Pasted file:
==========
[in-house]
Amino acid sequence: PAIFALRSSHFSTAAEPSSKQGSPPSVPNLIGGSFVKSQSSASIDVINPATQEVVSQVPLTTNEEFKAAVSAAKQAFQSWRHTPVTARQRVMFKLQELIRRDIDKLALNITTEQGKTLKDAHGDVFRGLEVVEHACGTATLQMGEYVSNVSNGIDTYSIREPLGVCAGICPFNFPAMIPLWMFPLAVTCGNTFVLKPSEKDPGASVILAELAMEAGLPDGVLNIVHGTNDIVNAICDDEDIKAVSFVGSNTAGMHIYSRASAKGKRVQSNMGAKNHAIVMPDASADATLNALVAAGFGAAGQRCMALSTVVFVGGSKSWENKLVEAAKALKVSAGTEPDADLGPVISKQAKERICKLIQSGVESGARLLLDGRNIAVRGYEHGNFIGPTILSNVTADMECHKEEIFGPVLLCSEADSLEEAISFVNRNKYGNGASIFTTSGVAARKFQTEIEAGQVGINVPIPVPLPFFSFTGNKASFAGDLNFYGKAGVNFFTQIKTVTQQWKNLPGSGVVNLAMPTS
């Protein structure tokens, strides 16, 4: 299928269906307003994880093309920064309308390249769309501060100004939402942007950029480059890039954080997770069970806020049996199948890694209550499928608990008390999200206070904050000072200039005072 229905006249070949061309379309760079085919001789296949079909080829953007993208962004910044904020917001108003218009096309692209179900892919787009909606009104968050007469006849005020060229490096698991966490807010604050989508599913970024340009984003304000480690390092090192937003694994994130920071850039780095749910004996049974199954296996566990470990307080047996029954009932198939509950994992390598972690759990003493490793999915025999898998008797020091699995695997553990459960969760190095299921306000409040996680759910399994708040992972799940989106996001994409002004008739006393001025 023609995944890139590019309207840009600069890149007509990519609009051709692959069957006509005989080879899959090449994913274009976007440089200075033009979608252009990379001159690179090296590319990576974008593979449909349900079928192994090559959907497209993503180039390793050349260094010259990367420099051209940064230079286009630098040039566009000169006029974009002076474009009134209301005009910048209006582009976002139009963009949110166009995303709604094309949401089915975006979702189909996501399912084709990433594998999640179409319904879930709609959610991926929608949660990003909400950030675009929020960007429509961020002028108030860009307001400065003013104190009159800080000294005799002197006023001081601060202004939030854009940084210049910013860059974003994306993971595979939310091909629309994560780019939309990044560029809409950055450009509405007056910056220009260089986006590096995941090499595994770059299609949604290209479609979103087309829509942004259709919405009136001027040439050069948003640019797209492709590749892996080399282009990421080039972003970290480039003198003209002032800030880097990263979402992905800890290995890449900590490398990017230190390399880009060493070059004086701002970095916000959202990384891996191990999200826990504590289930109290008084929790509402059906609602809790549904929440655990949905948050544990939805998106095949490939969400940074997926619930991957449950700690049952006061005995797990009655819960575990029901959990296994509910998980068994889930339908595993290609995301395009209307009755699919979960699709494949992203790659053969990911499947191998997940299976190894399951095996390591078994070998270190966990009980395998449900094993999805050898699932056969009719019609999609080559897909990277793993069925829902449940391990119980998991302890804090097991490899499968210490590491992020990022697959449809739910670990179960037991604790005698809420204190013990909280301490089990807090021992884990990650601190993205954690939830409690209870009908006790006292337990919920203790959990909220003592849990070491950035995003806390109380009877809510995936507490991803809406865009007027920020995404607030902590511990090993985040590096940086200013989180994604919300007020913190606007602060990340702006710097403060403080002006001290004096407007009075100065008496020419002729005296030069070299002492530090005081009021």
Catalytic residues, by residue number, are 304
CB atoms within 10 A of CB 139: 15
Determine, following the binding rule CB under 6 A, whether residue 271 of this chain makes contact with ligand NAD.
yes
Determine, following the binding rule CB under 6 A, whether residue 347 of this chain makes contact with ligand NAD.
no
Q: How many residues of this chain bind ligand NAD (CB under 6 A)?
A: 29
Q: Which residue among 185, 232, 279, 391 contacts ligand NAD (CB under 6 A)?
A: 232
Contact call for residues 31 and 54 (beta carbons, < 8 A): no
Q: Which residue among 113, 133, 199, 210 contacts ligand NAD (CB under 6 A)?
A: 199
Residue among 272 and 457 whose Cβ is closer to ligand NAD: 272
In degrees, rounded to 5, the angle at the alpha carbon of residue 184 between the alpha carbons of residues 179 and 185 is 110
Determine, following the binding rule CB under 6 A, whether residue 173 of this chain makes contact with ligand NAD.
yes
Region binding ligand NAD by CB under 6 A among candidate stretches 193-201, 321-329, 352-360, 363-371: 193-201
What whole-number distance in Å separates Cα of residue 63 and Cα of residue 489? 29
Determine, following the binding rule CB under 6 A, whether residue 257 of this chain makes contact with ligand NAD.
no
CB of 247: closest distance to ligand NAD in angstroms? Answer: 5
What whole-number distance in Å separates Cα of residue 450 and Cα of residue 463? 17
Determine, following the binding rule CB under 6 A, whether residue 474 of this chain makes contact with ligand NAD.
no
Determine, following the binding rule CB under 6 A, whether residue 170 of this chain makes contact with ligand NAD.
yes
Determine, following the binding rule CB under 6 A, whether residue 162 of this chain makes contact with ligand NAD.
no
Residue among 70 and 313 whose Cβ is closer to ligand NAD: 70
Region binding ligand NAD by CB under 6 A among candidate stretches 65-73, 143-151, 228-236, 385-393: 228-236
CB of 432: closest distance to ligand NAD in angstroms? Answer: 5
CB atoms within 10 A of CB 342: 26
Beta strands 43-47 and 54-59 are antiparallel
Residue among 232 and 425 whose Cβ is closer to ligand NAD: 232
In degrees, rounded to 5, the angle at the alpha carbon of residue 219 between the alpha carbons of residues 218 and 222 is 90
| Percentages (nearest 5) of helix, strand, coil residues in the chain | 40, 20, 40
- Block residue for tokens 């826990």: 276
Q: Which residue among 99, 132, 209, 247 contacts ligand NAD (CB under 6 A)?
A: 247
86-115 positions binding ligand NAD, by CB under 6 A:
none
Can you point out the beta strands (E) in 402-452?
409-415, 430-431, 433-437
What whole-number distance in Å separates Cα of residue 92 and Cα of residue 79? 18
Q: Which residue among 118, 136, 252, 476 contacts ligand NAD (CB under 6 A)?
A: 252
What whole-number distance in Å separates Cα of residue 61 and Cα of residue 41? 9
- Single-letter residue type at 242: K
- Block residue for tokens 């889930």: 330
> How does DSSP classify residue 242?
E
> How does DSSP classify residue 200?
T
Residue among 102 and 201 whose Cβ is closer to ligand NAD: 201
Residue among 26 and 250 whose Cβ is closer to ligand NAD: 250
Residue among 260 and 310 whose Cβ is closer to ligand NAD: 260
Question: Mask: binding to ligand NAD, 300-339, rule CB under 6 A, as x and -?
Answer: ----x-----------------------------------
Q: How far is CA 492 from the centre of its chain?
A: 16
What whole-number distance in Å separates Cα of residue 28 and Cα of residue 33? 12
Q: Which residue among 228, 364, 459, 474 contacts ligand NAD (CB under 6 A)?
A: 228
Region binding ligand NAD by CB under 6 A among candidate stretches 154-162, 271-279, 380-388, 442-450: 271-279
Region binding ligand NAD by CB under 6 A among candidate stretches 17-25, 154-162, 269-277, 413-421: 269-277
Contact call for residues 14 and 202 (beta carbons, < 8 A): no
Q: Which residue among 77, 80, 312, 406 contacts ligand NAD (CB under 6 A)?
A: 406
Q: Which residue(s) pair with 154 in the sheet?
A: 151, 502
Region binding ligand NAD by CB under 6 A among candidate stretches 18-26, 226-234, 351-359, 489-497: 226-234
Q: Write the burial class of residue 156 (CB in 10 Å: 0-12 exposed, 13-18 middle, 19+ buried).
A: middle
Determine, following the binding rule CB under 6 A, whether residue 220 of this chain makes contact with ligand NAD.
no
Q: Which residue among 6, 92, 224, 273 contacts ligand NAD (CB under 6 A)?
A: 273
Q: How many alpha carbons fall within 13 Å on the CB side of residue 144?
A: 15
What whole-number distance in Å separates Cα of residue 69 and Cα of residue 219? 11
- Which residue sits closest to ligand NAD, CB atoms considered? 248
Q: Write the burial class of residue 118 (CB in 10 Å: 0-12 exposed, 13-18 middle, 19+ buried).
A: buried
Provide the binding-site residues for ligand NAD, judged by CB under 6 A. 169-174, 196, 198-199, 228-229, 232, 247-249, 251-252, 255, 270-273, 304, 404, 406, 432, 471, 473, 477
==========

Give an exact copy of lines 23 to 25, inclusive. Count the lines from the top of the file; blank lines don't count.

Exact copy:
Determine, following the binding rule CB under 6 A, whether residue 257 of this chain makes contact with ligand NAD.
no
CB of 247: closest distance to ligand NAD in angstroms? Answer: 5